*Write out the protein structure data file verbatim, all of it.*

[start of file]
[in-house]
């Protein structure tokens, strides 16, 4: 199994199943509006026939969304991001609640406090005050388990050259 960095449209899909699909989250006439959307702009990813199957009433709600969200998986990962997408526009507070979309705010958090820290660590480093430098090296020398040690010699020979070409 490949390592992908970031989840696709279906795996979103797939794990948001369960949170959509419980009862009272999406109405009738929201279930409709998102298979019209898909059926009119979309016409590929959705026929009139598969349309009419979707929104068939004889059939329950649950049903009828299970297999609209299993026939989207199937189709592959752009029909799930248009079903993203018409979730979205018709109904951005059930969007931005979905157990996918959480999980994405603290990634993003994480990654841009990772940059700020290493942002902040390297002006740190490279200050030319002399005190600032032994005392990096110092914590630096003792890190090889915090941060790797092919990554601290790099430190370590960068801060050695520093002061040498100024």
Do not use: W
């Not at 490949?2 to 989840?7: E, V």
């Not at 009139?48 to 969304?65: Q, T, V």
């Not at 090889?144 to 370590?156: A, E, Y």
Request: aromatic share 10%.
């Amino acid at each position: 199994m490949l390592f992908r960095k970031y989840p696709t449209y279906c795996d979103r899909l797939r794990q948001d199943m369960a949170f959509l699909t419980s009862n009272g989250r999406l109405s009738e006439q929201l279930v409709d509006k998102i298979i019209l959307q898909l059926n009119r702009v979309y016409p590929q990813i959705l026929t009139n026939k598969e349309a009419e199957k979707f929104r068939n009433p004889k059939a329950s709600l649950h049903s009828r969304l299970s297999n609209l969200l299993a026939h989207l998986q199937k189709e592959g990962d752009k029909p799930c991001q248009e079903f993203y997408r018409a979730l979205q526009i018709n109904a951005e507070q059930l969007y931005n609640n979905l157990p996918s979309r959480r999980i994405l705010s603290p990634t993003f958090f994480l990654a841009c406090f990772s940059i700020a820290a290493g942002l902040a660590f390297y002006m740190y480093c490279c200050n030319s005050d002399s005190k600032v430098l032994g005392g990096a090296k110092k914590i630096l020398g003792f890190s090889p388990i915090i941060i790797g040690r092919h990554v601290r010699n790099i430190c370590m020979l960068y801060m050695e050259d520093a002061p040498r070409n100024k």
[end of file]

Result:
[in-house]
């Protein structure tokens, strides 16, 4: 199994199943509006026939969304991001609640406090005050388990050259 960095449209899909699909989250006439959307702009990813199957009433709600969200998986990962997408526009507070979309705010958090820290660590480093430098090296020398040690010699020979070409 490949390592992908970031989840696709279906795996979103797939794990948001369960949170959509419980009862009272999406109405009738929201279930409709998102298979019209898909059926009119979309016409590929959705026929009139598969349309009419979707929104068939004889059939329950649950049903009828299970297999609209299993026939989207199937189709592959752009029909799930248009079903993203018409979730979205018709109904951005059930969007931005979905157990996918959480999980994405603290990634993003994480990654841009990772940059700020290493942002902040390297002006740190490279200050030319002399005190600032032994005392990096110092914590630096003792890190090889915090941060790797092919990554601290790099430190370590960068801060050695520093002061040498100024």
Do not use: W
């Not at 490949?2 to 989840?7: E, V």
């Not at 009139?48 to 969304?65: Q, T, V």
């Not at 090889?144 to 370590?156: A, E, Y």
Request: aromatic share 10%.
């Amino acid at each position: 199994m490949l390592f992908r960095k970031y989840p696709t449209y279906c795996d979103r899909l797939r794990q948001d199943m369960a949170f959509l699909t419980s009862n009272g989250r999406l109405s009738e006439q929201l279930v409709d509006k998102i298979i019209l959307q898909l059926n009119r702009v979309y016409p590929q990813i959705l026929t009139n026939k598969e349309a009419e199957k979707f929104r068939n009433p004889k059939a329950s709600l649950h049903s009828r969304l299970s297999n609209l969200l299993a026939h989207l998986q199937k189709e592959g990962d752009k029909p799930c991001q248009e079903f993203y997408r018409a979730l979205q526009i018709n109904a951005e507070q059930l969007y931005n609640n979905l157990p996918s979309r959480r999980i994405l705010s603290p990634t993003f958090f994480l990654a841009c406090f990772s940059i700020a820290a290493g942002l902040a660590f390297y002006m740190y480093c490279c200050n030319s005050d002399s005190k600032v430098l032994g005392g990096a090296k110092k914590i630096l020398g003792f890190s090889p388990i915090i941060i790797g040690r092919h990554v601290r010699n790099i430190c370590m020979l960068y801060m050695e050259d520093a002061p040498r070409n100024k």